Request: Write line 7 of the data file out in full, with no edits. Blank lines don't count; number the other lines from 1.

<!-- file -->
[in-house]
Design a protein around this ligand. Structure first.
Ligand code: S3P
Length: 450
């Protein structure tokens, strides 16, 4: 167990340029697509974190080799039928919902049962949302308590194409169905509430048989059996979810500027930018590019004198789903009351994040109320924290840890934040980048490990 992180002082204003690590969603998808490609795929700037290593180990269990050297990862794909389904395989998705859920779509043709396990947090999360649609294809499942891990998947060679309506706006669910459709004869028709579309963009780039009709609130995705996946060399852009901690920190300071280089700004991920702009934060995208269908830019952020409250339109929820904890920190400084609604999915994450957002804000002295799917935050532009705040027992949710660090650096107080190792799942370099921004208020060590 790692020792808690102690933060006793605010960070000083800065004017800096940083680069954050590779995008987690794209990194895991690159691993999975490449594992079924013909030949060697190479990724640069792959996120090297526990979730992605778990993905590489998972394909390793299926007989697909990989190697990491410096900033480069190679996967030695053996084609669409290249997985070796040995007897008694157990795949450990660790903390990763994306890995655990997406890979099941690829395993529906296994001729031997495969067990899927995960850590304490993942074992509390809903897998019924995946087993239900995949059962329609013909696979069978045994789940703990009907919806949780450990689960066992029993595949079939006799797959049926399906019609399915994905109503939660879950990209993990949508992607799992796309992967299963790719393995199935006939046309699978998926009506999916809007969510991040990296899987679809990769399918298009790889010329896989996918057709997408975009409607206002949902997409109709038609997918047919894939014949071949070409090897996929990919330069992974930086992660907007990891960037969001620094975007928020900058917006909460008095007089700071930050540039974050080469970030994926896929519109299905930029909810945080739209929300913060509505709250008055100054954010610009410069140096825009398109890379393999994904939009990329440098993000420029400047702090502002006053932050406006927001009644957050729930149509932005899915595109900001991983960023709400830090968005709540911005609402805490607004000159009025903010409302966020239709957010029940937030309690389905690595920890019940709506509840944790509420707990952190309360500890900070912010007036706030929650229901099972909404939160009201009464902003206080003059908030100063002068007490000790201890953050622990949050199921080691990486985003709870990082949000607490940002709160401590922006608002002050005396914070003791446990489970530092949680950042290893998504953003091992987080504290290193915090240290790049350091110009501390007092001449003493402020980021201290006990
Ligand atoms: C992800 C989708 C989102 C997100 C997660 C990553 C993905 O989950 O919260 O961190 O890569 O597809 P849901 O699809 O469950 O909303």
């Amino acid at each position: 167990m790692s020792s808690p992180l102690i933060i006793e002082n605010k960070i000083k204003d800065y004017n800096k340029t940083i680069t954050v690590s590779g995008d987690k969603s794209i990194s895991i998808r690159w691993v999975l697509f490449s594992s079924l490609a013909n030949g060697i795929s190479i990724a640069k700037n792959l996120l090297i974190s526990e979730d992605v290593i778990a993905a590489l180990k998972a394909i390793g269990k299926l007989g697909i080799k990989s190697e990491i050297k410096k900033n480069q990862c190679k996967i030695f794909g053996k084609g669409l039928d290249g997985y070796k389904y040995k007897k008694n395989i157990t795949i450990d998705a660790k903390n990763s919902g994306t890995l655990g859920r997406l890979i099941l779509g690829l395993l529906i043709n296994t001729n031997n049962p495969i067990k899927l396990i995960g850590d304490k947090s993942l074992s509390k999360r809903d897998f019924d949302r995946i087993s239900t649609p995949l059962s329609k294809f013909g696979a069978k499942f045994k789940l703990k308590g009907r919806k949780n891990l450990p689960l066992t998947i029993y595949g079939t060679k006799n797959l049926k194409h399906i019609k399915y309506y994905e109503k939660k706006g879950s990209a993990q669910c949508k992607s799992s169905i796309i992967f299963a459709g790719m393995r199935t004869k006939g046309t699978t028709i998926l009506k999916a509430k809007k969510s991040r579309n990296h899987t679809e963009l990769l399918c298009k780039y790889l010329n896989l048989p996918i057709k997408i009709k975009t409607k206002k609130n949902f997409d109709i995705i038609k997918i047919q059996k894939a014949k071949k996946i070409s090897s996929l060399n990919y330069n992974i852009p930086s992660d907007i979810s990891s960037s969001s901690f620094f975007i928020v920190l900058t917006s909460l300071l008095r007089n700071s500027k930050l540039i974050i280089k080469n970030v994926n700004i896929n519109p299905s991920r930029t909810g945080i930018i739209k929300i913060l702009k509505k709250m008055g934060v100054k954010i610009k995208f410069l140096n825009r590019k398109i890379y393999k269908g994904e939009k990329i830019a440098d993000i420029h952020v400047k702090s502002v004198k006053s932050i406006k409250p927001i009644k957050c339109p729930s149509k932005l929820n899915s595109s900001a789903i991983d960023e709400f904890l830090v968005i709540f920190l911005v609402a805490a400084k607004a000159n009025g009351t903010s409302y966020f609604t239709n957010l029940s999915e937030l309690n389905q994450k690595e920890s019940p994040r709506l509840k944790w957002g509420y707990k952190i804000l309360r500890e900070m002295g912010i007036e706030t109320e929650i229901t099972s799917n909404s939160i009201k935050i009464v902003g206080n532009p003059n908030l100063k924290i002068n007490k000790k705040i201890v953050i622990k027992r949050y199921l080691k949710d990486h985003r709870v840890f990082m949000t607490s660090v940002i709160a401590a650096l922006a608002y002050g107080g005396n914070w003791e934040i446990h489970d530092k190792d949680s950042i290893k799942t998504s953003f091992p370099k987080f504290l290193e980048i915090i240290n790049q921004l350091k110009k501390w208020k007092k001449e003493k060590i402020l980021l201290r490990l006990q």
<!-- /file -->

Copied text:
């Amino acid at each position: 167990m790692s020792s808690p992180l102690i933060i006793e002082n605010k960070i000083k204003d800065y004017n800096k340029t940083i680069t954050v690590s590779g995008d987690k969603s794209i990194s895991i998808r690159w691993v999975l697509f490449s594992s079924l490609a013909n030949g060697i795929s190479i990724a640069k700037n792959l996120l090297i974190s526990e979730d992605v290593i778990a993905a590489l180990k998972a394909i390793g269990k299926l007989g697909i080799k990989s190697e990491i050297k410096k900033n480069q990862c190679k996967i030695f794909g053996k084609g669409l039928d290249g997985y070796k389904y040995k007897k008694n395989i157990t795949i450990d998705a660790k903390n990763s919902g994306t890995l655990g859920r997406l890979i099941l779509g690829l395993l529906i043709n296994t001729n031997n049962p495969i067990k899927l396990i995960g850590d304490k947090s993942l074992s509390k999360r809903d897998f019924d949302r995946i087993s239900t649609p995949l059962s329609k294809f013909g696979a069978k499942f045994k789940l703990k308590g009907r919806k949780n891990l450990p689960l066992t998947i029993y595949g079939t060679k006799n797959l049926k194409h399906i019609k399915y309506y994905e109503k939660k706006g879950s990209a993990q669910c949508k992607s799992s169905i796309i992967f299963a459709g790719m393995r199935t004869k006939g046309t699978t028709i998926l009506k999916a509430k809007k969510s991040r579309n990296h899987t679809e963009l990769l399918c298009k780039y790889l010329n896989l048989p996918i057709k997408i009709k975009t409607k206002k609130n949902f997409d109709i995705i038609k997918i047919q059996k894939a014949k071949k996946i070409s090897s996929l060399n990919y330069n992974i852009p930086s992660d907007i979810s990891s960037s969001s901690f620094f975007i928020v920190l900058t917006s909460l300071l008095r007089n700071s500027k930050l540039i974050i280089k080469n970030v994926n700004i896929n519109p299905s991920r930029t909810g945080i930018i739209k929300i913060l702009k509505k709250m008055g934060v100054k954010i610009k995208f410069l140096n825009r590019k398109i890379y393999k269908g994904e939009k990329i830019a440098d993000i420029h952020v400047k702090s502002v004198k006053s932050i406006k409250p927001i009644k957050c339109p729930s149509k932005l929820n899915s595109s900001a789903i991983d960023e709400f904890l830090v968005i709540f920190l911005v609402a805490a400084k607004a000159n009025g009351t903010s409302y966020f609604t239709n957010l029940s999915e937030l309690n389905q994450k690595e920890s019940p994040r709506l509840k944790w957002g509420y707990k952190i804000l309360r500890e900070m002295g912010i007036e706030t109320e929650i229901t099972s799917n909404s939160i009201k935050i009464v902003g206080n532009p003059n908030l100063k924290i002068n007490k000790k705040i201890v953050i622990k027992r949050y199921l080691k949710d990486h985003r709870v840890f990082m949000t607490s660090v940002i709160a401590a650096l922006a608002y002050g107080g005396n914070w003791e934040i446990h489970d530092k190792d949680s950042i290893k799942t998504s953003f091992p370099k987080f504290l290193e980048i915090i240290n790049q921004l350091k110009k501390w208020k007092k001449e003493k060590i402020l980021l201290r490990l006990q």